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Overgrazing Alters Pasture Plant Composition

Plants can help signal overgrazing on rangeland.

Range managers have long known that overgrazing changes the plant composition of pastures.

As a result, plant species are referred to as increasers, decreasers or invaders. This is a reference to their reaction to years of overgrazing (generally by cattle as opposed to sheep).

“By knowing how a few common species react to grazing and monitoring their abundance in pastures, managers can improve forage quality, quantity and, consequently, profits,” says Chuck Lura, rangeland specialist at North Dakota State University’s Central Grasslands Research Extension Center near Streeter.

Decreasers are generally plant species that are part of the historical climax of an ecological site and, for a variety of reasons, decrease during the course of several years of overgrazing. A historic climax community is a plant community that existed at the time of European immigration and settlement in North America and was best adapted to the unique combination of environmental factors associated with a particular site.

Examples of decreasers would include big bluestem, western wheatgrass and the needlegrasses. These plants are among the most desirable for livestock because of their abundance, nutrient content and palatability.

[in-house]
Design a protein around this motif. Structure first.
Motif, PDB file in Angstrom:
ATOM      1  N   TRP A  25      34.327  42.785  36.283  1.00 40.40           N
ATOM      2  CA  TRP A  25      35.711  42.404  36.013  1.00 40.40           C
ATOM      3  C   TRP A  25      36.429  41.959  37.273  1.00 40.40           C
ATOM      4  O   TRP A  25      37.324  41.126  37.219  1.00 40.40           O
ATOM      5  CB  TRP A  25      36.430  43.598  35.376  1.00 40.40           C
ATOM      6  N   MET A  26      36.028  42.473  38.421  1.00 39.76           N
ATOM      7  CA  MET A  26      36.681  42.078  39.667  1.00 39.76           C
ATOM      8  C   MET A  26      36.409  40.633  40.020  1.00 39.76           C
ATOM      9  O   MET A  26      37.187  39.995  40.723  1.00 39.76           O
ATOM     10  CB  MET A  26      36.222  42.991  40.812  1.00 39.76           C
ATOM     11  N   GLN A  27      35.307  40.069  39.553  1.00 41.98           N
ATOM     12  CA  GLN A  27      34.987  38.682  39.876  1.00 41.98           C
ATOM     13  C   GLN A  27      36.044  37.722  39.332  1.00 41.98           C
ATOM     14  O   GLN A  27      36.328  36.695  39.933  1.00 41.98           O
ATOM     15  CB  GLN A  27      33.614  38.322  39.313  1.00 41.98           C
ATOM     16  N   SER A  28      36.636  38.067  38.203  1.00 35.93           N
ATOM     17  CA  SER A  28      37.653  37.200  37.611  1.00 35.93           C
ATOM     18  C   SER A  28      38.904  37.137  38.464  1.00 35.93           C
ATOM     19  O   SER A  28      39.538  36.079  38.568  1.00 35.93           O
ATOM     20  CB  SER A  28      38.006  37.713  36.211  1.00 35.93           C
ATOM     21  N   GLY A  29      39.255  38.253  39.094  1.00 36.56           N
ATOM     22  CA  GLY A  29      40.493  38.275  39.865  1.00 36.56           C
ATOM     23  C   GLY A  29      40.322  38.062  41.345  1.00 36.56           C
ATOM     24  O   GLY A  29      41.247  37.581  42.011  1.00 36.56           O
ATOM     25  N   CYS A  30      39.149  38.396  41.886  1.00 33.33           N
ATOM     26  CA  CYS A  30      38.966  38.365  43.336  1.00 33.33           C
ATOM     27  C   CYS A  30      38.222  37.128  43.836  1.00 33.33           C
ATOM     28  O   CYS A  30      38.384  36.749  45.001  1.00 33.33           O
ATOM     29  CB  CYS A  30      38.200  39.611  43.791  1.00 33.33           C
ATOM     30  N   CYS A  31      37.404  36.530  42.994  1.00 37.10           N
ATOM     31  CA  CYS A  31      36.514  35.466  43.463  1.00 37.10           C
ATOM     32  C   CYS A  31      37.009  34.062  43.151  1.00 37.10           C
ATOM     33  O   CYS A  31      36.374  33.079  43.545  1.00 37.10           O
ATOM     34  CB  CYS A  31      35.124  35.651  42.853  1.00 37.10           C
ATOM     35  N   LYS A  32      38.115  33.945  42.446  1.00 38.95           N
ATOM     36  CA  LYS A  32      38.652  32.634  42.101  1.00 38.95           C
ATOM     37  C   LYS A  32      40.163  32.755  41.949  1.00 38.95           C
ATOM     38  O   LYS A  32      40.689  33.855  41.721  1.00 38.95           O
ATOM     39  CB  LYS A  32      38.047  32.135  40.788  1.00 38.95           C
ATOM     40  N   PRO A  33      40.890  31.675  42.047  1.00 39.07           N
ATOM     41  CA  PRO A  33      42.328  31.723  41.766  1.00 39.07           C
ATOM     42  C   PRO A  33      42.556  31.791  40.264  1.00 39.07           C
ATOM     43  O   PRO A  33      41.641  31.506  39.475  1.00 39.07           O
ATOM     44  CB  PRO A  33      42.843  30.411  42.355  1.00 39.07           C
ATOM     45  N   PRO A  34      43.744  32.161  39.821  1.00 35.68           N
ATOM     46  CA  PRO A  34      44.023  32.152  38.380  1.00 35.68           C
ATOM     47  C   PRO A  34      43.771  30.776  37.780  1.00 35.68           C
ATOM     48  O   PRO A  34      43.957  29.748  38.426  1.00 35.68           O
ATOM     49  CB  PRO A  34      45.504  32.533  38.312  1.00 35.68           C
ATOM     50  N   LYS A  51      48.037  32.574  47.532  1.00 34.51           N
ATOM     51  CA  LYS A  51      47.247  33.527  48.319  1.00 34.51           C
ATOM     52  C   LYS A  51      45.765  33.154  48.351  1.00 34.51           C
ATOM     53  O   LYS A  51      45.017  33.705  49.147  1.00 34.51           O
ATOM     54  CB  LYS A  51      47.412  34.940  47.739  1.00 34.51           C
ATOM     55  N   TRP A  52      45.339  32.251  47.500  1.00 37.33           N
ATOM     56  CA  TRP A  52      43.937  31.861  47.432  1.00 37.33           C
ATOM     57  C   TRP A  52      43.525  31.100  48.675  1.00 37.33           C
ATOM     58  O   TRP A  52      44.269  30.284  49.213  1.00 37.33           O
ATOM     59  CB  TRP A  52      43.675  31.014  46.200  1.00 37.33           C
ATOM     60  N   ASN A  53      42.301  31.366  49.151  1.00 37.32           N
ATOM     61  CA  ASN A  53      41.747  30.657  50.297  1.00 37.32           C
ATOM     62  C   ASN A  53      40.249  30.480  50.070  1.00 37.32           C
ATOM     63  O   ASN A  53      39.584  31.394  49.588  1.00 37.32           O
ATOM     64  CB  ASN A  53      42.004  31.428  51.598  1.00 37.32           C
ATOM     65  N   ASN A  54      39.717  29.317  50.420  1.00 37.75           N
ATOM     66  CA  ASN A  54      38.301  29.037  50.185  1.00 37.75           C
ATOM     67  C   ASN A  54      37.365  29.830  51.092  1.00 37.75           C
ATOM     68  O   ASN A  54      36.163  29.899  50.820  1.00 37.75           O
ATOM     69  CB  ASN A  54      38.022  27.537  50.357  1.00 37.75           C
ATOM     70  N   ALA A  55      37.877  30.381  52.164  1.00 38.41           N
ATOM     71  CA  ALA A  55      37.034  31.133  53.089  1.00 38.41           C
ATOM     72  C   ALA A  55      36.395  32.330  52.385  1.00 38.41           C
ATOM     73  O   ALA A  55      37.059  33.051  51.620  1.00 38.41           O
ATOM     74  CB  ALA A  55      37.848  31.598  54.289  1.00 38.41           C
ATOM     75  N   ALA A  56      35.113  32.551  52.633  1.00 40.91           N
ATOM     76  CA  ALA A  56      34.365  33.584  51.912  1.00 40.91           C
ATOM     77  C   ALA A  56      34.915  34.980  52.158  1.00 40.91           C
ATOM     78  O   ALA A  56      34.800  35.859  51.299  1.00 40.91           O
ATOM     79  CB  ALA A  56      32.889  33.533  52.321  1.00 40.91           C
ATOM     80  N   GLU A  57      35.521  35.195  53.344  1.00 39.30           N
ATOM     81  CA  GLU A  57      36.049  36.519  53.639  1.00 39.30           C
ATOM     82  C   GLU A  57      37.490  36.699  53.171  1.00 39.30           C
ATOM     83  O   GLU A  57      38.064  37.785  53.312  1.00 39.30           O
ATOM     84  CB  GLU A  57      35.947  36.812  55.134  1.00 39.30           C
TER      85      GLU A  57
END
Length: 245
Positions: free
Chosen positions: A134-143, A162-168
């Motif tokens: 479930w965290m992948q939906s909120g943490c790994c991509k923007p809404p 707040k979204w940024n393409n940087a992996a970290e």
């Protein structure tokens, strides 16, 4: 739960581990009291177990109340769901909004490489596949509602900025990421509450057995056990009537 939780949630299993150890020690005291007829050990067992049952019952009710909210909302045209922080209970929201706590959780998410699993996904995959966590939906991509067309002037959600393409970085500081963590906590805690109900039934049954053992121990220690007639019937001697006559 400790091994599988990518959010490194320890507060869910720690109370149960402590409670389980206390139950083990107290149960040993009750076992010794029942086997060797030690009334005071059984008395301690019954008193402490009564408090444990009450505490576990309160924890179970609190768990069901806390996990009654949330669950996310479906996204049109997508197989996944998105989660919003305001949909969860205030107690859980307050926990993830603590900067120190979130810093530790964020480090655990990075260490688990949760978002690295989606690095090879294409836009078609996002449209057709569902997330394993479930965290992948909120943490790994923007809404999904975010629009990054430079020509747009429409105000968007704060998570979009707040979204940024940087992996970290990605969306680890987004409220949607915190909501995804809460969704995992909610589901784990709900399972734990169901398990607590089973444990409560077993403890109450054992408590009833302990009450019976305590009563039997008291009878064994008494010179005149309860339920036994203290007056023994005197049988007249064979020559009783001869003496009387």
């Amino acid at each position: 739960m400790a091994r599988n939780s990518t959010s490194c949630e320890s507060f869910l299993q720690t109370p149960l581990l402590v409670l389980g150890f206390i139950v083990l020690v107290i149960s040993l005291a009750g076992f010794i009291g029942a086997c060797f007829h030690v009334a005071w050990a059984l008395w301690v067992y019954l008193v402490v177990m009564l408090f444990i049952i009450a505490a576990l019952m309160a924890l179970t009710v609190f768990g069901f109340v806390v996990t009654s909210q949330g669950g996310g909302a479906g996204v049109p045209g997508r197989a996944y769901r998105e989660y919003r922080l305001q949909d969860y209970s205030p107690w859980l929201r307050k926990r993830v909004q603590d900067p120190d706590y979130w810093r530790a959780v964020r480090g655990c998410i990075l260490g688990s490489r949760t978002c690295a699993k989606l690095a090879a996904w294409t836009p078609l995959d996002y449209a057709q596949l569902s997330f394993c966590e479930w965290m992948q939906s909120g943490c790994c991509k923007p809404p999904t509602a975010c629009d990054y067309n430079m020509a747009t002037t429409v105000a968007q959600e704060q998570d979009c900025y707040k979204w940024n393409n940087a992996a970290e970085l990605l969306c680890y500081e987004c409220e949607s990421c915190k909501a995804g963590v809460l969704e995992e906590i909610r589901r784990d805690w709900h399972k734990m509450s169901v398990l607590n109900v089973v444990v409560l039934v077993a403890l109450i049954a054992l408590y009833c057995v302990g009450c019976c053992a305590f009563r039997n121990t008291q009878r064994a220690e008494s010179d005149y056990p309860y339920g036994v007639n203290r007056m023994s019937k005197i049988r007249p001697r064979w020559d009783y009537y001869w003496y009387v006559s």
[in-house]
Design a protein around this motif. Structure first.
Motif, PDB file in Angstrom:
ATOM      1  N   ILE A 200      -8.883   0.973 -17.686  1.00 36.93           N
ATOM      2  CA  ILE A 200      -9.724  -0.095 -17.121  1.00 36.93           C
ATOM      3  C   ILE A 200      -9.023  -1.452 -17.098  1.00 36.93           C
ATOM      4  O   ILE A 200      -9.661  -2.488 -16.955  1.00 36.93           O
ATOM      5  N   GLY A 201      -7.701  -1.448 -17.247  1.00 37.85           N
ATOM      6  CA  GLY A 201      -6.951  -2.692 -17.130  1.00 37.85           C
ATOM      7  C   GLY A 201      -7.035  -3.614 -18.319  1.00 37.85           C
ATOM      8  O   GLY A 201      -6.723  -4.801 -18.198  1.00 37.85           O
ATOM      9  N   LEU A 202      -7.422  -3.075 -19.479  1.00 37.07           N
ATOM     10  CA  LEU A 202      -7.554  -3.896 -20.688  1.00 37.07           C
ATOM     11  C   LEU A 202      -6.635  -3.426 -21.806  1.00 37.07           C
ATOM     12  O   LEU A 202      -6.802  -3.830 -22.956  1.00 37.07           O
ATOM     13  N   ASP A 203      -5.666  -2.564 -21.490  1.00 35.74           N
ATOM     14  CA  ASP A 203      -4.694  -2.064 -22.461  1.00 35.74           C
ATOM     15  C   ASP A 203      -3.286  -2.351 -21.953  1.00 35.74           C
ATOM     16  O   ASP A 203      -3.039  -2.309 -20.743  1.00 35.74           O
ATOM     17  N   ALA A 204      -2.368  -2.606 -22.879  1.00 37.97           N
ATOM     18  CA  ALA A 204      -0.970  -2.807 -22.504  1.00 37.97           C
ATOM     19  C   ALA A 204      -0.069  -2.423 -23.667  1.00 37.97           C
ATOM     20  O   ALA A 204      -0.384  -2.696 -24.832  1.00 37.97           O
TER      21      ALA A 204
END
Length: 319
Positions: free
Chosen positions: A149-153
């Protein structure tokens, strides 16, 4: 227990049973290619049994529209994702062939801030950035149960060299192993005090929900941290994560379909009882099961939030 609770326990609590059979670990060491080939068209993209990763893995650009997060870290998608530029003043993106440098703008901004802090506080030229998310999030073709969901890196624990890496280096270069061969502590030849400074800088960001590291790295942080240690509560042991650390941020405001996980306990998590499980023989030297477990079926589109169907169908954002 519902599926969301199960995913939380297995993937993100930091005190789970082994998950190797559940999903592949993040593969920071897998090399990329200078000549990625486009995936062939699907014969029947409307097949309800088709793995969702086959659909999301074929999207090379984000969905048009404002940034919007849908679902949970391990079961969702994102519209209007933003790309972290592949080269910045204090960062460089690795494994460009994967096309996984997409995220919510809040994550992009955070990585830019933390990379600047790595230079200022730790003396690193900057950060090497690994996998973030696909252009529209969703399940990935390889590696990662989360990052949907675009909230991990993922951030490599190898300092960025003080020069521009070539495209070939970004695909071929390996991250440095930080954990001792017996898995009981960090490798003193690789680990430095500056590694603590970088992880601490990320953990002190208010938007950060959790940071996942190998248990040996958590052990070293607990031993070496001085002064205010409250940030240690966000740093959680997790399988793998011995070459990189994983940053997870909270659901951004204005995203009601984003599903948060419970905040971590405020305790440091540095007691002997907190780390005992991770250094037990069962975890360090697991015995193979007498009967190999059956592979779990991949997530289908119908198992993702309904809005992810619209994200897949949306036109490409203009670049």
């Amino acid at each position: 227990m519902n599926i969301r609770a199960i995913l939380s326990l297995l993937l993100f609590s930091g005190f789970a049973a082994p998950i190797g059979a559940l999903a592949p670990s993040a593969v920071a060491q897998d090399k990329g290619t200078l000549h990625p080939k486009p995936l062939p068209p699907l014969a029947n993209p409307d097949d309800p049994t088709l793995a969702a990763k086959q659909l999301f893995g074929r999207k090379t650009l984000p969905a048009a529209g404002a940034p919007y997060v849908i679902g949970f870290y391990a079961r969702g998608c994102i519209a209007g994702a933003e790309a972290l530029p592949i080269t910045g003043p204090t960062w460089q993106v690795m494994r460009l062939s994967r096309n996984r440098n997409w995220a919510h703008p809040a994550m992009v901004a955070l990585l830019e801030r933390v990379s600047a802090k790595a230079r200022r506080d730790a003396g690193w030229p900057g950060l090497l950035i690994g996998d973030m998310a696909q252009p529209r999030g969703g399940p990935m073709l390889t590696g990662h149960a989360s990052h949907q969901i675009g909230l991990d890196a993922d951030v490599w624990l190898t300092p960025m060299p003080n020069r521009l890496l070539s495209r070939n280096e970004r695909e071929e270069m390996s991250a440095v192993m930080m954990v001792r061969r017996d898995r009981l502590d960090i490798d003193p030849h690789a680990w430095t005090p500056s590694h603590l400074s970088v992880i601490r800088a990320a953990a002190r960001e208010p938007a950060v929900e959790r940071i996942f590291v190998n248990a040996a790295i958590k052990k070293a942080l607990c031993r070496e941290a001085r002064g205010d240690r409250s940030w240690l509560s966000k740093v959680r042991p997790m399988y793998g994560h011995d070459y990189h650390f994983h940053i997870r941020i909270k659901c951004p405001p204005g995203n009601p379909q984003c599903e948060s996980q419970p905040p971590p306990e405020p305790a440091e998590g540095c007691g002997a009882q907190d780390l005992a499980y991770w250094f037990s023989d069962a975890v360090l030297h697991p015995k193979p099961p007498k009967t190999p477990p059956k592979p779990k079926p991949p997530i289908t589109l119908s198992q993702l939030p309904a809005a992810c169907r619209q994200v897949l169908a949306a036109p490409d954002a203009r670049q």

Increasers are also part of the historical climax community of an ecological site, but are not as palatable and nutritious as the decreasers, so they tend to increase because of overgrazing on other species. However, if overgrazing continues, these plants will begin to bear the brunt of the grazing and eventually decrease. This usually results in lowered forage quality and quantity for the livestock, which also reduces the grazing capacity of a pasture.

Blue grama, prairie junegrass and threeawn are more common increasers.

As the name implies, invaders are plants that become established due to disturbance. They were not part of the historical climax community. Although they can be native plants, many of them are introduced species, such as wormwood sage, leafy spurge and knapweed. Most invaders have little or no forage value, although some do.

“Healthy rangelands are productive rangelands,” Lura notes. “Techniques to monitor increasers, decreasers and, certainly, invaders can provide the producer with valuable information as to the success or failure of management strategies.”

The Central Grasslands Research Extension Center has established a program to assist producers in implementing and maintaining range monitoring procedures. This effort is made possible through funding from NDSU, the North Dakota Natural Resources Trust, and Ducks Unlimited.

To learn more about rangeland monitoring, contact Lura at (701) 424-3606 or chuck.lura@msub.nodak.edu. More information on rangeland plants is available in NDSU Extension Service publication EB-69, “Selected North Dakota and Minnesota Range Plants.” It’s available through the NDSU Distribution Center at (701) 231-7882 or NDSU.DistributionCenter@ndsu.edu.

NDSU Agriculture Communication

Source:Chuck Lura, (701) 424-3606, chuck.lura@msub.nodak.edu
Editor:Ellen Crawford, (701) 231-5391, ellen.crawford@ndsu.edu
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